NEW DELHI/ LUCKNOW/MUMBAI: Thecash crunch in many cities, including the national capital, showed no sign of easing on Friday, and with banks closed for the next three days, expect the pain to persist till Tuesday when they reopen for business. Banks are shut on Monday for Eid-e-Milad.
A majority of banks in the capital continued to grapple with cash shortages and restless customers. “For the past three days, the supply has been uneven. We run out of cash in the initial hours after opening,” said a branch manager at a private bank. The scene was the same across the country.
A leading private bank in Delhi received Rs 24 crore against its daily normal requirement of Rs 125 crore. A large chunk of ATMs in the capital remained idle due to lack of cash while some only had Rs 2,000 notes. Long lines reappeared in front of some bank branches. The frustration of those queued up was apparent considering the weekend is when people have time for outings.
State-run banks fared better as they got a larger share. Bankers said the shortage of Rs 500 notes continued despite the government and Reserve Bank of India‘s (RBI) assurance that the supply of new notes had been stepped up.
According to an official with a private bank, the situation in Mumbai has improved in the last few days. Compared to an average of Rs 25 crore, the flow of currency was Rs 60 crore. On Friday, large private banks in Mumbai got around Rs 60 crore while it was Rs 25 crore in Delhi. “We hope by next week, with increased supply of Rs 500 notes, we would get Rs 80 crore a day. This will ease the pressure,” said another private banker.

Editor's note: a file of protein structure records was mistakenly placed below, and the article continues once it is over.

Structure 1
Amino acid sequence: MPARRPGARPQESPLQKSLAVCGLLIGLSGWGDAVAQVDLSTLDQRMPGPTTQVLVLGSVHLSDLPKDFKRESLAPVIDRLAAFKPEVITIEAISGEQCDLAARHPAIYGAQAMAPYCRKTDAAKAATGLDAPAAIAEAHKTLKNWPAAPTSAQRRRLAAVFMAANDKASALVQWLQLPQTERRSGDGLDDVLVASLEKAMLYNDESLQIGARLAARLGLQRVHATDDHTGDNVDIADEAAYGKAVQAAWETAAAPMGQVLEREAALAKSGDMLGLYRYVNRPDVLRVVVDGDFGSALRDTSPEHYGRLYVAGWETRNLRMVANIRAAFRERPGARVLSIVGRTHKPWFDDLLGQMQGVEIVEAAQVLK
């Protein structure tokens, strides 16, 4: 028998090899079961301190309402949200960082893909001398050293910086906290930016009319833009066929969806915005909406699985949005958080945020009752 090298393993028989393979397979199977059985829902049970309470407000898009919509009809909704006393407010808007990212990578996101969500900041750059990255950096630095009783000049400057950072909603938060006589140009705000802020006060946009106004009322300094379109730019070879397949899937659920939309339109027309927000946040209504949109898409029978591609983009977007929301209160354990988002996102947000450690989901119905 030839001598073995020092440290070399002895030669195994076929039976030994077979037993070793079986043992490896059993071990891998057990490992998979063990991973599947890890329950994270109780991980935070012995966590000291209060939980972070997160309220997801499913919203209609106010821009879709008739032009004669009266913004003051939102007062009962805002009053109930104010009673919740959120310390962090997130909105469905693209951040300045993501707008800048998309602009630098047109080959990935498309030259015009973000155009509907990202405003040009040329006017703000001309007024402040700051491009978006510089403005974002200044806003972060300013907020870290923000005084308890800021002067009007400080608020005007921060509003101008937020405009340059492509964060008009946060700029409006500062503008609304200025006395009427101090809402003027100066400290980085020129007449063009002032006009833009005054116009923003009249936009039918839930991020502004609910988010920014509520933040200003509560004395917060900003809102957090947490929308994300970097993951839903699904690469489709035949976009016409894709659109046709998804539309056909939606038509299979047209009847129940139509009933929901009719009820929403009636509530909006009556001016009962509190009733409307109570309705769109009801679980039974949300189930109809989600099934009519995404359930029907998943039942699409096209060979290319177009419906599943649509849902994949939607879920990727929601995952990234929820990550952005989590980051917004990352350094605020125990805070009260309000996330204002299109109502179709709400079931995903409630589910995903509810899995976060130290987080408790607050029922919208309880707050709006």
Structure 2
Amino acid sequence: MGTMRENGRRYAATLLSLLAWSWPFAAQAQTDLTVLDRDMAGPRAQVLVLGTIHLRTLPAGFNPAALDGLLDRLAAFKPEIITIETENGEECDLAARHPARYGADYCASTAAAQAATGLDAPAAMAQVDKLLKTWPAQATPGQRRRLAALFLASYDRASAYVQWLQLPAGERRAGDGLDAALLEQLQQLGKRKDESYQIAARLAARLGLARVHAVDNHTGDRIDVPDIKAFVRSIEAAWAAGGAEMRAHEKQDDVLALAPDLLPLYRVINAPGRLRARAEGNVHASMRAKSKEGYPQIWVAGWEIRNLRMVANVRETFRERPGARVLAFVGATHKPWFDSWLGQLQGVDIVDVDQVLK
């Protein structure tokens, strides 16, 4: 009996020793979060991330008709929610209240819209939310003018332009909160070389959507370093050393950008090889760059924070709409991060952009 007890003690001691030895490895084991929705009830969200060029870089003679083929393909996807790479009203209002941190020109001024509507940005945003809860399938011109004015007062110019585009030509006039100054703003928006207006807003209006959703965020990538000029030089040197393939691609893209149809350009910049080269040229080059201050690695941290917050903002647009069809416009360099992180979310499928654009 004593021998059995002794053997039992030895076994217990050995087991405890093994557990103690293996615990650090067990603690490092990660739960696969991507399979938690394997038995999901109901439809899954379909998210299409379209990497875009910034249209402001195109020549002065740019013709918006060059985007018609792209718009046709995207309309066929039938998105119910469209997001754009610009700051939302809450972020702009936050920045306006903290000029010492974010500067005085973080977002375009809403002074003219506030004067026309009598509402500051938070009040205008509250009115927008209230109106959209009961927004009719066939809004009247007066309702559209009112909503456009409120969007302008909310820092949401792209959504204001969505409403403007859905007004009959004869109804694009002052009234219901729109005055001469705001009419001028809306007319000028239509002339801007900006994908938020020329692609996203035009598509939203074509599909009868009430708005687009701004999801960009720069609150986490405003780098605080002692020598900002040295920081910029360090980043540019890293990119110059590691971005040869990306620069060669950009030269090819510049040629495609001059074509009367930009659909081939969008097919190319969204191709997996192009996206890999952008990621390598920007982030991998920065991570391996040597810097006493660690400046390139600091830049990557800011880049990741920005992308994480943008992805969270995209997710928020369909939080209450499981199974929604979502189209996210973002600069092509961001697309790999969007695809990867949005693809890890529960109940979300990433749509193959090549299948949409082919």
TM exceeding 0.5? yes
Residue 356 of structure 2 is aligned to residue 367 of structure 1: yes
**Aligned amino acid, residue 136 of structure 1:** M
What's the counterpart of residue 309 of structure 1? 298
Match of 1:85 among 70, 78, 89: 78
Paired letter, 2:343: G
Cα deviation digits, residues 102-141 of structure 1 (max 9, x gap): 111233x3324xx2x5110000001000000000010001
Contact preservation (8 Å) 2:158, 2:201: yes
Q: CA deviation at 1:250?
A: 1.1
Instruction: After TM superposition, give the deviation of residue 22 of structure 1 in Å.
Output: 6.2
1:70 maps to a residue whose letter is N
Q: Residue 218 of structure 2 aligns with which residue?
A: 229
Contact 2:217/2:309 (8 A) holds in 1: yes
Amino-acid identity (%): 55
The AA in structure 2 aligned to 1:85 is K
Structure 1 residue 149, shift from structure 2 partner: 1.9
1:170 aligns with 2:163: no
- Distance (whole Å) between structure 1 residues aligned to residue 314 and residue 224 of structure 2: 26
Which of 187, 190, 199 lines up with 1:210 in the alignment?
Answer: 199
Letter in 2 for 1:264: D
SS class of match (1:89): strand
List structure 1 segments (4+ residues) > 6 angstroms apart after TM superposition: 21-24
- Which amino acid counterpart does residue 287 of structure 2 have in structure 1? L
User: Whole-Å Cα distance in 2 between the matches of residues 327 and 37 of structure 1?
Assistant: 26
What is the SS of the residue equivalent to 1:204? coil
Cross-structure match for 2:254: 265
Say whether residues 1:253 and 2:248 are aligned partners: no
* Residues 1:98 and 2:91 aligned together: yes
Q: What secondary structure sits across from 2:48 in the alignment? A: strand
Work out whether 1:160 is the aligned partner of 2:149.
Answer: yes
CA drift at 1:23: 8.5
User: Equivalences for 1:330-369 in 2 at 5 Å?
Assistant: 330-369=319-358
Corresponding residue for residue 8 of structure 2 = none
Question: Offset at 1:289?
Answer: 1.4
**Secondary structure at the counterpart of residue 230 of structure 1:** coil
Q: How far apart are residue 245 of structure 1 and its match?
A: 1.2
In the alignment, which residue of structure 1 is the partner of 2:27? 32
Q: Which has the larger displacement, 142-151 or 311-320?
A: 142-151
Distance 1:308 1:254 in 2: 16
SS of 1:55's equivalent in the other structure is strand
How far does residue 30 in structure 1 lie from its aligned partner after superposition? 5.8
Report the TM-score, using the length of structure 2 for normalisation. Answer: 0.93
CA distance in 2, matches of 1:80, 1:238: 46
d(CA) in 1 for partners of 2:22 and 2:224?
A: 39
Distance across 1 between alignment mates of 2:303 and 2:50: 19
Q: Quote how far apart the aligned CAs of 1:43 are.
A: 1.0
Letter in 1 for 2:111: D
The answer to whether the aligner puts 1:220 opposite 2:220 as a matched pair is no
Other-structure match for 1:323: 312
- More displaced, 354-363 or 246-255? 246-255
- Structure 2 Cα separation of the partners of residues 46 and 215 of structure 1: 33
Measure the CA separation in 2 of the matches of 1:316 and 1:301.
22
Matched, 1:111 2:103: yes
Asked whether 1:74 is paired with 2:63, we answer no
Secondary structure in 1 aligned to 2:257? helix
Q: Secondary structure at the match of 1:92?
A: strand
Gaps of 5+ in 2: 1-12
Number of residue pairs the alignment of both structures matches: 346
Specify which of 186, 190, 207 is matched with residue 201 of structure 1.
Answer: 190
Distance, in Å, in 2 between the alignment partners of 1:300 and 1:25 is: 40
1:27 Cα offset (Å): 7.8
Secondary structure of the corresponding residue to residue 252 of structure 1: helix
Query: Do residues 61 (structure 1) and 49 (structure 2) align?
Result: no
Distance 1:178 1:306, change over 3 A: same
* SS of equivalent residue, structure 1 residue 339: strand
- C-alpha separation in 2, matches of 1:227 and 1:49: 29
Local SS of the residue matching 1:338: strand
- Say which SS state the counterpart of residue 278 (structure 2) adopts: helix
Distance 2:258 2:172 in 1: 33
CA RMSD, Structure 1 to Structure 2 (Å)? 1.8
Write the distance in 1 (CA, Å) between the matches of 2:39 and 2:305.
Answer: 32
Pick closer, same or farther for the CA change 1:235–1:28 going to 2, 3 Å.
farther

In Uttar Pradesh, queues before bank branches and ATMs refused to shrink.Bankers complained that they were not getting adequate supply of currency from RBI. Most ATMs across the state are dry while banks have imposed different withdrawal limits -from Rs 5,000 to Rs 10,000 instead of the Rs 24,000 set by RBI. And with three consecutive bank holidays lined up from Saturday , people across UP are bracing for a “dry” weekend.
Most leading banks in Lucknow said that while the daily footfall for cash withdrawal in the first week of December increased three times, cash supply from RBI declined by almost 40%. In Lucknow, around 85% of ATMs remained dry for a significant period of time, say bankers.
A government bank’s cash officer said, “Prior to demonetisation, our daily cash requirement was Rs 40-50 lakh but after November 9, daily demand rose to almost Rs 1.5 crore as people have now started hoarding cash for emergencies. On the other hand, RBI is providing only 40% of our daily requirement.” Banks are managing withdrawals from the valid currency deposited by customers.